The leading authorities say that visceral diseases take their origin from some antecedent cause, but that the initial disease is not always easy to find. They declare that the disease may be dormant, or develop silently, for twenty or thirty years before manifesting. This is true and it is not true. A tuberculous diathesis favors the development of tuberculosis, and the gouty diathesis favors the development of gouty diseases; but the primary cause is the same--namely, chronic toxin poisoning. This state of the blood and other fluids of the body must exist before any of the organs can go into a state of degeneration.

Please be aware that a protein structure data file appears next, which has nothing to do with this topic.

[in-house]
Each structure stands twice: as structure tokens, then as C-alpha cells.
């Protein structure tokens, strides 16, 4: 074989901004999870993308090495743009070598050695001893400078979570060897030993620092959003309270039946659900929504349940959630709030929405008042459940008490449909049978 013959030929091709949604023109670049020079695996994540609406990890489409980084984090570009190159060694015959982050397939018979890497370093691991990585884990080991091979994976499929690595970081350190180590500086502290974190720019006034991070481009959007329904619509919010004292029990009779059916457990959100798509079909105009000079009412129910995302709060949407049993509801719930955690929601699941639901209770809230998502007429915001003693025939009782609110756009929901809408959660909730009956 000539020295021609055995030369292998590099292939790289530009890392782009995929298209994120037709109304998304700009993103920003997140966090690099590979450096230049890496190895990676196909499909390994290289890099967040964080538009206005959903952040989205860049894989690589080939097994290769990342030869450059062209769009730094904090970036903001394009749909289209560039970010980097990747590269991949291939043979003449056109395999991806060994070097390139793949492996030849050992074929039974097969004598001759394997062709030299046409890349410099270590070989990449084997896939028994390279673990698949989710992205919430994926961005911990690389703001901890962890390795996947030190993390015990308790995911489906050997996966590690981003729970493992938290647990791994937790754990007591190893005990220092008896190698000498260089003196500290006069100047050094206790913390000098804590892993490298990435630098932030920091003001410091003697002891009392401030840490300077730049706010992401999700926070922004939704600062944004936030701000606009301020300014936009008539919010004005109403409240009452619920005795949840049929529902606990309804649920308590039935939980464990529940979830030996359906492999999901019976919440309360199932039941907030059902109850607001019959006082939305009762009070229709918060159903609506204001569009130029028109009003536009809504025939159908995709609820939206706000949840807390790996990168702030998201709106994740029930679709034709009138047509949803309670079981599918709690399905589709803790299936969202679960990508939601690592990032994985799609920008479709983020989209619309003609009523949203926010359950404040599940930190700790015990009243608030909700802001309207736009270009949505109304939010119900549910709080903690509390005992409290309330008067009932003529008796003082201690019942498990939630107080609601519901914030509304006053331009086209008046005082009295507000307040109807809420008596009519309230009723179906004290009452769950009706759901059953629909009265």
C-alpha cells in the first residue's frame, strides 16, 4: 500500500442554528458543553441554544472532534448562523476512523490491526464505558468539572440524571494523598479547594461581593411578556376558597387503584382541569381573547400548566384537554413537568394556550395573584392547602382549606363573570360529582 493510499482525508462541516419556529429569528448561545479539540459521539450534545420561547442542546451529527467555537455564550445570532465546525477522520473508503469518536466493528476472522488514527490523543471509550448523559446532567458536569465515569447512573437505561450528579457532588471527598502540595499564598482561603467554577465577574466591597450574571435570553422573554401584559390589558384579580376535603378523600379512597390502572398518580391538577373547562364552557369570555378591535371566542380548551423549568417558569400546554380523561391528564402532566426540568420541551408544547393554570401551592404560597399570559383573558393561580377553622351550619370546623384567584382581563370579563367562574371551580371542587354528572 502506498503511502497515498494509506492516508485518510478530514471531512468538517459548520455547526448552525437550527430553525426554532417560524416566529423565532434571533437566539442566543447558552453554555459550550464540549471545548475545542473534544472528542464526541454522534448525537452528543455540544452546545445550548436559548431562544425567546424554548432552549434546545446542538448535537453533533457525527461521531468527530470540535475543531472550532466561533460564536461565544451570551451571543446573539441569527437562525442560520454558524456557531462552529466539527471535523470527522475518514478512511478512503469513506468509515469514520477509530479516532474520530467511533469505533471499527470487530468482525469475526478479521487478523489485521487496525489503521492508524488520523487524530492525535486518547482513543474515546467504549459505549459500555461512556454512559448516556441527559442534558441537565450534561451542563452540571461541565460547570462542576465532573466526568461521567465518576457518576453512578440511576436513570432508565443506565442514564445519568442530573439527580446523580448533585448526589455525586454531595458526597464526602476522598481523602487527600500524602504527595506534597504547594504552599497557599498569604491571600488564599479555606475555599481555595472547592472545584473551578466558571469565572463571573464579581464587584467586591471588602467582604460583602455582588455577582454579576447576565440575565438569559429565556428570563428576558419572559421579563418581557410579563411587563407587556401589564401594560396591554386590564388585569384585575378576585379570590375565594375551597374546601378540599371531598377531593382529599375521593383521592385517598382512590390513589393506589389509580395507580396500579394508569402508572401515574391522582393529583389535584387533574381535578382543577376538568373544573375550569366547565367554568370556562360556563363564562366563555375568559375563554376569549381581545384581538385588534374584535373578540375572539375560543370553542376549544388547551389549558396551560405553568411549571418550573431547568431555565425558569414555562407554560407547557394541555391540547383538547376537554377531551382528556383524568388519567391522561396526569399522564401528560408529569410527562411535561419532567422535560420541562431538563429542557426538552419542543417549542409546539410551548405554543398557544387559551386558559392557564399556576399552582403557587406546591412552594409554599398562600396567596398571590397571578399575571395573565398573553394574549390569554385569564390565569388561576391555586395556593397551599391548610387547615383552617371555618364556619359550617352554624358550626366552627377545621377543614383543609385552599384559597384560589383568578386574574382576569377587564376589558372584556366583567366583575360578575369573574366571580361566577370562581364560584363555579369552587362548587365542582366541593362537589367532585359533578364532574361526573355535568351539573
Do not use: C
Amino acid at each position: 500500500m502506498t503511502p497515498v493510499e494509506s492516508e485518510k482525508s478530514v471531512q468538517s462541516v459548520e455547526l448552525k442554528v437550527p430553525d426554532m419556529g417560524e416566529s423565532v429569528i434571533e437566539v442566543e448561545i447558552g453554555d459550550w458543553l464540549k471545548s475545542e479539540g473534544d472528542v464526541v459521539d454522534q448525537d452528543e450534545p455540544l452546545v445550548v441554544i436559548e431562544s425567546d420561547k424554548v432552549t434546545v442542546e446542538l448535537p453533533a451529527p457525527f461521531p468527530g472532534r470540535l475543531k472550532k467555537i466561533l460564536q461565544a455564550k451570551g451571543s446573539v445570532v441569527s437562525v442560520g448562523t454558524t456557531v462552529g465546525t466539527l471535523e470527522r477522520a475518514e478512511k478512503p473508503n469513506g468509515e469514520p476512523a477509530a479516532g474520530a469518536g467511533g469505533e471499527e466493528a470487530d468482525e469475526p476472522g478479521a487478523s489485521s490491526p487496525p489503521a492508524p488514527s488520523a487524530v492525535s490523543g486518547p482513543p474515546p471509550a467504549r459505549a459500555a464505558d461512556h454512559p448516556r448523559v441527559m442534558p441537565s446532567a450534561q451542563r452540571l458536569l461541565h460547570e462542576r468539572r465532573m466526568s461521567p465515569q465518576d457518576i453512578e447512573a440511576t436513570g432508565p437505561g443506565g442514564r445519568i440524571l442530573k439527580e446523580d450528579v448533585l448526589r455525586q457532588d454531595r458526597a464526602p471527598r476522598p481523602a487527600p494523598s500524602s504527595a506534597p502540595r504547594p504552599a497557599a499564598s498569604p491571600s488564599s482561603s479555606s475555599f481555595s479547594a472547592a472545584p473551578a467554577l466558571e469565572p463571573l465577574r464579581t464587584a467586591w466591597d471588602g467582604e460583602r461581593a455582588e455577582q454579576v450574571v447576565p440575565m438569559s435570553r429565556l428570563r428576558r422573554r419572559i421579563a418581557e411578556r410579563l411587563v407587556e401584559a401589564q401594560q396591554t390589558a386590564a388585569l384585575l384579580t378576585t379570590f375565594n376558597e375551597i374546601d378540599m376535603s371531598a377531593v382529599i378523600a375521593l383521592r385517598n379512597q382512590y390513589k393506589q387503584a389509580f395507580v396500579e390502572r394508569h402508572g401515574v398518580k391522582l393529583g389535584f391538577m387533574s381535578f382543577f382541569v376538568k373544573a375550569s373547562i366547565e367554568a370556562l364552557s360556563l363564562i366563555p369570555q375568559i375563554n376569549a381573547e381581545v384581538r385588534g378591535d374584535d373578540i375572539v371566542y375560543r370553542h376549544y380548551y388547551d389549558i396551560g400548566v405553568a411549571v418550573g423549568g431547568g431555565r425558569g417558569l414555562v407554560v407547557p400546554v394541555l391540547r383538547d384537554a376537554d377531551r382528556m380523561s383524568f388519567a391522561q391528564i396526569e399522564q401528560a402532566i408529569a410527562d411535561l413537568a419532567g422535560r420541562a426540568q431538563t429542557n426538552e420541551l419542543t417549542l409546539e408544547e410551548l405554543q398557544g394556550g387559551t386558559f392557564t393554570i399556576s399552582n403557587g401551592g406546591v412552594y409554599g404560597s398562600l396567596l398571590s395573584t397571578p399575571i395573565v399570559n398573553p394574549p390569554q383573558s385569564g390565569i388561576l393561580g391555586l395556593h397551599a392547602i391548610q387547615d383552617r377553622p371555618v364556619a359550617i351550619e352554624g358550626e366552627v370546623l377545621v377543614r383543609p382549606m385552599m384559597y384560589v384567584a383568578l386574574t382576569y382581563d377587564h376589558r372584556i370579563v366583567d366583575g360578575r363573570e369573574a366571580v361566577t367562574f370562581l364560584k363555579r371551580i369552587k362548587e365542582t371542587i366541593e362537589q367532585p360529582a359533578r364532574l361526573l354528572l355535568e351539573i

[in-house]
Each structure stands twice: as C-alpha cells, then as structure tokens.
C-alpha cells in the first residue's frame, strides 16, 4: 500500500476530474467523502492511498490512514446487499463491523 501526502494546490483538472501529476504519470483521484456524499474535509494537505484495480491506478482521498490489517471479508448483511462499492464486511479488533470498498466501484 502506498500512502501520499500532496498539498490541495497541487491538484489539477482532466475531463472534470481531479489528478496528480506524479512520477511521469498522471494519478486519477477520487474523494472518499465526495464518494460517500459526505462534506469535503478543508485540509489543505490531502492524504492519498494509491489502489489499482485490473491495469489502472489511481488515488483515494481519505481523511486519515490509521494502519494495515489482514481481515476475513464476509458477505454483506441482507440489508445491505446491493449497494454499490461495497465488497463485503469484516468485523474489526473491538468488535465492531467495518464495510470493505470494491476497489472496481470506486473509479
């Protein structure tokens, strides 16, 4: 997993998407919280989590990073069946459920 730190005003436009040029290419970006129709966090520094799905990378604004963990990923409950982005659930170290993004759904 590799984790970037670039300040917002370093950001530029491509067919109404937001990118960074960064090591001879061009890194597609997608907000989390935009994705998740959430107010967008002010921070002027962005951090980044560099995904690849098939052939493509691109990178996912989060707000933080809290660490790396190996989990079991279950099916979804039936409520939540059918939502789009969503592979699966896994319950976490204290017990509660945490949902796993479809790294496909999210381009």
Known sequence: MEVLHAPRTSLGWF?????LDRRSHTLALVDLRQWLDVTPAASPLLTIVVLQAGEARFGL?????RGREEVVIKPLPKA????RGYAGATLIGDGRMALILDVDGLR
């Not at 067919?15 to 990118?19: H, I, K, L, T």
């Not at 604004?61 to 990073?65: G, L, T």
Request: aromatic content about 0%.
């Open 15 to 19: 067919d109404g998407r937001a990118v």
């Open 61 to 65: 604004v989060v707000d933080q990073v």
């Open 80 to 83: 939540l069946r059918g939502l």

If the subject is scrofulous, scorbutic, or has developed a state of acidosis, and the glandular system has once been septically infected from a syphilis, gonorrheal bubo, carbuncle, vaccination, or wound infection, the gland lesions will get well under proper treatment; but if the subject becomes careless in his habits, and builds back the chronic autotoxemia, it would be the natural thing for the glands to become diseased. When the glands are once infected, they are made sensitive and will respond to toxic influences more readily.